Madonna of the Book
The Madonna of the Book, is a small painting by the Italian Renaissance artist Sandro Botticelli, and is preserved in the Poldi Pezzoli Museum in Milan. The painting is executed in tempera on panel. It dates from between 1480 and 1483.
Original Painting by Sandro Botticelli
The Madonna of the Book is a soft and elegant work, in which Mary and the Child are seated by a window in the corner of a room. She holds a prayer book the Horae Beatae Mariae Virginis.
The infant is gazing at his mother whilst she is absorbed in reading the book. Symbolizing the Passion of Christ, the Christ Child is holding the three nails of the cross, and the crown of thorns.
In addition, the fruit in the bowl has an emblematic meaning. The cherries represent the blood of Christ or are an allusion to Paradise, plums indicate the tenderness between Mary and the Child, and the figs are characteristic of the Resurrection.
Mary's blue robe, a color she is often depicted wearing, has the symbolic meanings of purity, heaven, and royalty.
Botticelli interprets the scene with a sensitivity and love for small details: the set of boxes and the maiolica bowl of lush fruits are depicted as a still life; the pages of the book, the garments, and the transparent veils exhibit a realistic tactile quality. Botticelli painted with subtle differences in colour, and he was able to put colours together so that they complement each other admirably. The painting is adorned with gold filigree decorating the clothes and objects.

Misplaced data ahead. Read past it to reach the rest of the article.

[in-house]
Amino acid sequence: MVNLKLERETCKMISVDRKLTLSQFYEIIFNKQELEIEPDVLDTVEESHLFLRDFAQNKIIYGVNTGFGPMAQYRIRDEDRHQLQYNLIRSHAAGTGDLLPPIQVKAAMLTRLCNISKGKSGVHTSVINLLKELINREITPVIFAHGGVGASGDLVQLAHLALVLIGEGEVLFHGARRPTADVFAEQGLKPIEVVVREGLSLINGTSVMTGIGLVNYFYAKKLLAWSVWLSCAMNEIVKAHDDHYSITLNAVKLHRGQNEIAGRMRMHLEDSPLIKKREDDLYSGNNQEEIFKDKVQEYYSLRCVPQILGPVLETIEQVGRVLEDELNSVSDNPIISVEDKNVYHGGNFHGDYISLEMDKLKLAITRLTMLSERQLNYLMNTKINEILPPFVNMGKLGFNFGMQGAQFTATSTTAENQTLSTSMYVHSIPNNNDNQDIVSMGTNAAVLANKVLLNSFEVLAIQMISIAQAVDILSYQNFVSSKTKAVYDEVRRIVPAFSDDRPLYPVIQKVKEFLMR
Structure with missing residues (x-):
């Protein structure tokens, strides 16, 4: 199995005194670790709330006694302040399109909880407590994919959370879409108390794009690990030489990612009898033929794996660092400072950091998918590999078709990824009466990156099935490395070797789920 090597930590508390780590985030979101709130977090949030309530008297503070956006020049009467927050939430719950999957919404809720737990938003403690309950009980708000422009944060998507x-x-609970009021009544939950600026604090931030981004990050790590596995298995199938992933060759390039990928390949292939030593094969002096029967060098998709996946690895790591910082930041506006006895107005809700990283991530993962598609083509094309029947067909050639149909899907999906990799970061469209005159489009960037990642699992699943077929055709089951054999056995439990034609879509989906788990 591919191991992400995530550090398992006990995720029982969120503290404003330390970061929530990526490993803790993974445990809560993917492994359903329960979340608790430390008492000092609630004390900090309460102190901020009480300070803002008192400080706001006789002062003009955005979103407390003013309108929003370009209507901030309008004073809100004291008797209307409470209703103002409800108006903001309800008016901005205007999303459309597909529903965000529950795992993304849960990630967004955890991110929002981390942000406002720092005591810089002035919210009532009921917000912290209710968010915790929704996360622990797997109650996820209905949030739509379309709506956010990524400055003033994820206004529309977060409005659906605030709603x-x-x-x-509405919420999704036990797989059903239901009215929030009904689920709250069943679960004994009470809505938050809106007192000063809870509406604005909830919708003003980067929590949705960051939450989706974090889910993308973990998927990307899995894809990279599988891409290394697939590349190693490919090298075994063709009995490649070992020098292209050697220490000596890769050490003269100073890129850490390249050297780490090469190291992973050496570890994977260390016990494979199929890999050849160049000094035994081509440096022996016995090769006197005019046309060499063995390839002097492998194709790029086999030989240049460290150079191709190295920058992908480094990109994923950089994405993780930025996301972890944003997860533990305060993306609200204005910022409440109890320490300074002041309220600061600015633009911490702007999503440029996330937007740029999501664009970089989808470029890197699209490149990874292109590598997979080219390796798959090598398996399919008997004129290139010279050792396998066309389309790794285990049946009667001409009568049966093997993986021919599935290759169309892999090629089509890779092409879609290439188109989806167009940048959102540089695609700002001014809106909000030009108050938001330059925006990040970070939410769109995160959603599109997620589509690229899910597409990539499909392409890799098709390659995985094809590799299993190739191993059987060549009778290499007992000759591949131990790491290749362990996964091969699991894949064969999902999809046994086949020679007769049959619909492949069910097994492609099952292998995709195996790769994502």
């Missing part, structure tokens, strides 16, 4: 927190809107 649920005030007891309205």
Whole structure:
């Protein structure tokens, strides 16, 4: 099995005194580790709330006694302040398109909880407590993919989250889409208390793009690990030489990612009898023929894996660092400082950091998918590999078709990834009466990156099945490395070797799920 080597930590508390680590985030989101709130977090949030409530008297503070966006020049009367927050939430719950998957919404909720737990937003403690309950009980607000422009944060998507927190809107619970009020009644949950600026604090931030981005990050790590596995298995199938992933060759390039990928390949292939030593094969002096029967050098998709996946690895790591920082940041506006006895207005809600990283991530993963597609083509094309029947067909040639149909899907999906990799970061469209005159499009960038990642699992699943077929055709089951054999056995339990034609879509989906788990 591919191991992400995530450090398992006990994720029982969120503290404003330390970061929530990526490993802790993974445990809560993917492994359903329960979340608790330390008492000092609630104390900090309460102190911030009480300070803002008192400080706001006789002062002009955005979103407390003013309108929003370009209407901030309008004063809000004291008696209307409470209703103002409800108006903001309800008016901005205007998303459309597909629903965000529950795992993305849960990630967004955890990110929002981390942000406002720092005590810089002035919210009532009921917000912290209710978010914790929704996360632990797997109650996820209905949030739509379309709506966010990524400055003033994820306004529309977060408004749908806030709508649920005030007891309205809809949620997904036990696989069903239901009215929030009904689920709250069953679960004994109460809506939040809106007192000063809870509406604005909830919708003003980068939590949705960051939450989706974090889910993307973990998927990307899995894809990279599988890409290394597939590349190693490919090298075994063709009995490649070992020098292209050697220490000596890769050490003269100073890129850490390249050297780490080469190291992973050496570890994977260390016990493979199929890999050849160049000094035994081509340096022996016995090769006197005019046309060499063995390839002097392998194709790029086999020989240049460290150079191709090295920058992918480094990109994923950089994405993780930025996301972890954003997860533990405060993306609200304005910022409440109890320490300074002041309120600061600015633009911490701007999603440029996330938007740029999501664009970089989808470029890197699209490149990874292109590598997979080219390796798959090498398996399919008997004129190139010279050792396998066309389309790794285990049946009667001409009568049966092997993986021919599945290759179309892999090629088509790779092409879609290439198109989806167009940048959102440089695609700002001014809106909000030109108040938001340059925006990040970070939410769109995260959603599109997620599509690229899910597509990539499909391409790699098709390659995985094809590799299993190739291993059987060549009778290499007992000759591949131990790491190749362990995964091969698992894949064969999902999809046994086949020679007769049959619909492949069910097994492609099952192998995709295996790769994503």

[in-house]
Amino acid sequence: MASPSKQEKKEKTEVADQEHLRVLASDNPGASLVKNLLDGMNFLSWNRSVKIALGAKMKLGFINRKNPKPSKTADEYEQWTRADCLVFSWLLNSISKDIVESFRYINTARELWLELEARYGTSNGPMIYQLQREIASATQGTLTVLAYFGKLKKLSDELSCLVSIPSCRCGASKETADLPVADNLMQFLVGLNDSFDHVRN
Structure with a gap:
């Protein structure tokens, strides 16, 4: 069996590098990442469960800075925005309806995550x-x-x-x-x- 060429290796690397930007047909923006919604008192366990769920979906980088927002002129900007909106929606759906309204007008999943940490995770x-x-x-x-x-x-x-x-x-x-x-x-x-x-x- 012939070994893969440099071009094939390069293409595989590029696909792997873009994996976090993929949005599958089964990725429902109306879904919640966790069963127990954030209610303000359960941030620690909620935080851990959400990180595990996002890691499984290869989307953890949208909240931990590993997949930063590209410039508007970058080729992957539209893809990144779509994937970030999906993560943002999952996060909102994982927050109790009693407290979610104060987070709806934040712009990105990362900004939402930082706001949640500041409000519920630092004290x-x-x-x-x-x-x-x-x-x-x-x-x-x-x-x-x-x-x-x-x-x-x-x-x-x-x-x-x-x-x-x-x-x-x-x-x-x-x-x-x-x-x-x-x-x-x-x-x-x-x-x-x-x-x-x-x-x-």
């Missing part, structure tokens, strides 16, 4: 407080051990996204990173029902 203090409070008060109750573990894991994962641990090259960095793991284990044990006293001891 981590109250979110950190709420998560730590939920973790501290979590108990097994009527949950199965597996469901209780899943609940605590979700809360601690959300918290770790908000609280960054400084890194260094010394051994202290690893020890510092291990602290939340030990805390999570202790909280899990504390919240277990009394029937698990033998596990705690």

The mosaic in this artwork becomes devotion, devotion to the delicacy of colors and shades, to the richness of details, where everything is sublimated in the magical expression of the faces. With our mosaics we try to make eternal and recreate those feelings and emotions of the great masterpieces belonging to Italian tradition.
Venetian enamels and gold leaf mosaic.